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Media interest has recently reignited in the long, drawn-out divorce proceedings between Ekaterina Fields and her millionaire husband, Richard Fields.

In the eyes of most, the lifestyle of Mr and Mrs Fields during their marriage was lavish. They lived on a yearly budget equivalent to £800,000 per year whilst living in New York.

When the case first came before the High Court in June 2015, the judge decided that Mrs Fields would need £2million for a flat in Chelsea and also the “fair, but generous” sum of £350,000 per year, excluding school fees, to meet the living requirements of her and the two children.

Mrs Fields has recently returned the case to court because she does not think she will be able to save as much money as the judge had intended. However, this narrow issue aside, most people would be surprised that a judge would find that Mrs Fields needed anything like the sums of money that she was seeking.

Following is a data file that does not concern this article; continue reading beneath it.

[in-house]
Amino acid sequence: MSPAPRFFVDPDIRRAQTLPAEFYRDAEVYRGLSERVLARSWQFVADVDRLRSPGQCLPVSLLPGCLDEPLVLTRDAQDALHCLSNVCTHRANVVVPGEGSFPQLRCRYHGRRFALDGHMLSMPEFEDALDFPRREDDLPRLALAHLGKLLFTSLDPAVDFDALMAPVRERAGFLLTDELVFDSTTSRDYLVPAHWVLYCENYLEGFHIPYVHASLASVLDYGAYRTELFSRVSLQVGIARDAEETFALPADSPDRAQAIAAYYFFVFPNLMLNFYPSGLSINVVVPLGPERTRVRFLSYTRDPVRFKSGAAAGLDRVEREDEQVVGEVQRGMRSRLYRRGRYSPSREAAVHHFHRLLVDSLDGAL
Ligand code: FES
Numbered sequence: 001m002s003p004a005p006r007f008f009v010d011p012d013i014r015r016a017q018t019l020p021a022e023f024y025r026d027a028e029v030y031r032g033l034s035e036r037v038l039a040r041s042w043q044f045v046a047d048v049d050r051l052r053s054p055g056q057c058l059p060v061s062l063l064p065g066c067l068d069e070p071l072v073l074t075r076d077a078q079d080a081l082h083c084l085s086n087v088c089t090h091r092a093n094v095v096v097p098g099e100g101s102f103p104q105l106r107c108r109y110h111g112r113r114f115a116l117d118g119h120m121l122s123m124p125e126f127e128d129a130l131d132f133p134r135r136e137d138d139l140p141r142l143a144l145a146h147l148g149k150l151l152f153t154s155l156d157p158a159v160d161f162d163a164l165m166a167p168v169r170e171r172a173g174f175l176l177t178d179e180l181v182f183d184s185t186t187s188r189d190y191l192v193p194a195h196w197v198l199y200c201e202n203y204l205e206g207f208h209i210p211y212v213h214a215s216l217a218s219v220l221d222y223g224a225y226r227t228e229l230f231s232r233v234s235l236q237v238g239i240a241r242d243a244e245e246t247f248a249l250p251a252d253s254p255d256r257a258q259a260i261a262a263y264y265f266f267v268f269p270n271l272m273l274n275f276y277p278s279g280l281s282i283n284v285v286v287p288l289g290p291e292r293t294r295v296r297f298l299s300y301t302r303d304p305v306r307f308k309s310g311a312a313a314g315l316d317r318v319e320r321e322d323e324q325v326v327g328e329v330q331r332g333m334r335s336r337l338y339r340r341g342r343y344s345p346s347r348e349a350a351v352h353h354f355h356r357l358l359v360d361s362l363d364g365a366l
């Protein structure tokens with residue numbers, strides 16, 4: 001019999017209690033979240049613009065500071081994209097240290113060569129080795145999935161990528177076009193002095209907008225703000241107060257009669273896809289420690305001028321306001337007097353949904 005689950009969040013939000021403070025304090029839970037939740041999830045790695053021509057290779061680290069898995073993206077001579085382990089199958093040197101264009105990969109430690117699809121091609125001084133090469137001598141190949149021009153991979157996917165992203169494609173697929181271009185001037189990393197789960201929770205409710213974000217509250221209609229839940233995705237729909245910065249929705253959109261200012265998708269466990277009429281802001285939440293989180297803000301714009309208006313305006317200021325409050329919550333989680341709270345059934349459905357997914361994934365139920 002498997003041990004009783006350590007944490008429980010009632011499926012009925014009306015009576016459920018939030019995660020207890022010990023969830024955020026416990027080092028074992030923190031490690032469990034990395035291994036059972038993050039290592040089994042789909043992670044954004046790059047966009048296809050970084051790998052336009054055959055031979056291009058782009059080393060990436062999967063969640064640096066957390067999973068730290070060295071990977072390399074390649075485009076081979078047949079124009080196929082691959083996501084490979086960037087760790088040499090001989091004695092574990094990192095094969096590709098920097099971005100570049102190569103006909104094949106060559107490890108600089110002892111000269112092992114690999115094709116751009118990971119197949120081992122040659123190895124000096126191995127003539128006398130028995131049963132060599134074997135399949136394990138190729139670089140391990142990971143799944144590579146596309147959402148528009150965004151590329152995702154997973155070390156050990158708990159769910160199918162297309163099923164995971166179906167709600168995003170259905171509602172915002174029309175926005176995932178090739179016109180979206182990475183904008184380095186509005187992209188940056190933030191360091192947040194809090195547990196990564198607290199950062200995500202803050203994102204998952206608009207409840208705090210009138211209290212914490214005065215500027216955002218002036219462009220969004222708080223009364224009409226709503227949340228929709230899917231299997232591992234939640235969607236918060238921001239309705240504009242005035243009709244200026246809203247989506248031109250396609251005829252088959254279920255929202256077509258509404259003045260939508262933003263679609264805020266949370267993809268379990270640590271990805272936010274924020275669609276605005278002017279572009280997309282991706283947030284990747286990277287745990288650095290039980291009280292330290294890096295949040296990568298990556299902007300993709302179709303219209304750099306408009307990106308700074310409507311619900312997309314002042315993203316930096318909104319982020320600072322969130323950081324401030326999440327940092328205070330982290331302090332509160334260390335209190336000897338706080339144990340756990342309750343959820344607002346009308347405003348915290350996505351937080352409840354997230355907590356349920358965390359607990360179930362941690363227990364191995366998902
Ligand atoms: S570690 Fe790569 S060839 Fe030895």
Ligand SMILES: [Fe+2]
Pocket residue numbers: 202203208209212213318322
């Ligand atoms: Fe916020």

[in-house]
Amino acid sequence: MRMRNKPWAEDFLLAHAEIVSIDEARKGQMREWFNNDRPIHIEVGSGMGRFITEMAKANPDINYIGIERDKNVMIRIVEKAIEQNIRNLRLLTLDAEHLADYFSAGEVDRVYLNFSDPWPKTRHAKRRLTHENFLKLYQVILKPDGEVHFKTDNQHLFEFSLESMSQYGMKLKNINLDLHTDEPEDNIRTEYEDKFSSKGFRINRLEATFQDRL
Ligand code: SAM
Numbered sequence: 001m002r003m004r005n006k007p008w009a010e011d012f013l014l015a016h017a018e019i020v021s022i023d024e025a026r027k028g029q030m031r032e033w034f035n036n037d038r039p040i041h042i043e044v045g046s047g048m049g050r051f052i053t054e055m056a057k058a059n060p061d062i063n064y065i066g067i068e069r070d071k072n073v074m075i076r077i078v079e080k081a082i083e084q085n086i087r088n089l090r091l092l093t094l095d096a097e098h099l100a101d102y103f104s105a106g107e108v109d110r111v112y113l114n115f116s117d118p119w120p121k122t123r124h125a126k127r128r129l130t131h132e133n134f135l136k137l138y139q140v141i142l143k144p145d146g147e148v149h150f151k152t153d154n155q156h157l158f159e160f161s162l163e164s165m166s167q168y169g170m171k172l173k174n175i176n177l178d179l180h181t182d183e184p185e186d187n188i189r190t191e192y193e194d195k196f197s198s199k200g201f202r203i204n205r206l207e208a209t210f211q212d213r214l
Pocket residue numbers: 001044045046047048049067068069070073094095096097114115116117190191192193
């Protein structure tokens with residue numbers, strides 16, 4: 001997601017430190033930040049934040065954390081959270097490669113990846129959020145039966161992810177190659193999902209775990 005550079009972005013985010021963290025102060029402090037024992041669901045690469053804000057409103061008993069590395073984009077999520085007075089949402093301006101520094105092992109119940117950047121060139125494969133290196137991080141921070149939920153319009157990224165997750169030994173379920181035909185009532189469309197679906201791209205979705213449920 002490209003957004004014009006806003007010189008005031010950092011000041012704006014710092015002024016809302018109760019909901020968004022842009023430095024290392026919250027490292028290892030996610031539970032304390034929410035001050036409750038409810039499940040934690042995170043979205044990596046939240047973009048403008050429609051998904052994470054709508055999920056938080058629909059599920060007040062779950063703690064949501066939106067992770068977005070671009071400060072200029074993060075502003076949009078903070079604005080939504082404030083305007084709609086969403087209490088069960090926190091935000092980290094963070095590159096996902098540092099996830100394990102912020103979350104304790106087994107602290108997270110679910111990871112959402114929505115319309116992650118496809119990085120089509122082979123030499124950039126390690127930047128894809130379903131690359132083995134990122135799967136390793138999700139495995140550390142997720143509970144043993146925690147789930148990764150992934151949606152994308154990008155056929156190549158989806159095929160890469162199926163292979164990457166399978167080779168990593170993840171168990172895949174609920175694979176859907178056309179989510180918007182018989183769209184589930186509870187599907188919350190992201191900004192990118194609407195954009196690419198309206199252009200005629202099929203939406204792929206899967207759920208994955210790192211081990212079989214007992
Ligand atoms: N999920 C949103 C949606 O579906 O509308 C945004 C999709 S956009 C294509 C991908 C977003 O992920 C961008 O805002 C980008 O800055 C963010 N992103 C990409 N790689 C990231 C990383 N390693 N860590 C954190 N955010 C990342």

The issue is that the court in this country views a person’s needs with one eye on the standard of living during the marriage and the lifestyle of the other spouse.  In this case, Mr Fields would continue to earn a huge amount of money per year and no doubt enjoy a lifestyle to match his income.

For couples who are separating, this can make negotiating a financial settlement very difficult. Sometimes ex-partners don’t agree on what the standard of living has been during the marriage or, more commonly, one party says that they have been funding an expensive lifestyle but have racked up considerable debt as they have been living beyond their means. The result can be an unpalatable suggested drop in lifestyle for the non/lesser-earning spouse.

In those circumstances, seeking full financial disclosure is important to help everyone understand the true financial position of the family. Taking legal advice can help couples to work through these thorny issues and to foster realistic expectations at an early stage. Seeking advice and adopting a constructive approach can avoid costly court proceedings, ensuring that there is as much money as possible to go round.

The contents of this article are intended for general information purposes only and shall not be deemed to be, or constitute legal advice. We cannot accept responsibility for any loss as a result of acts or omissions taken in respect of this article.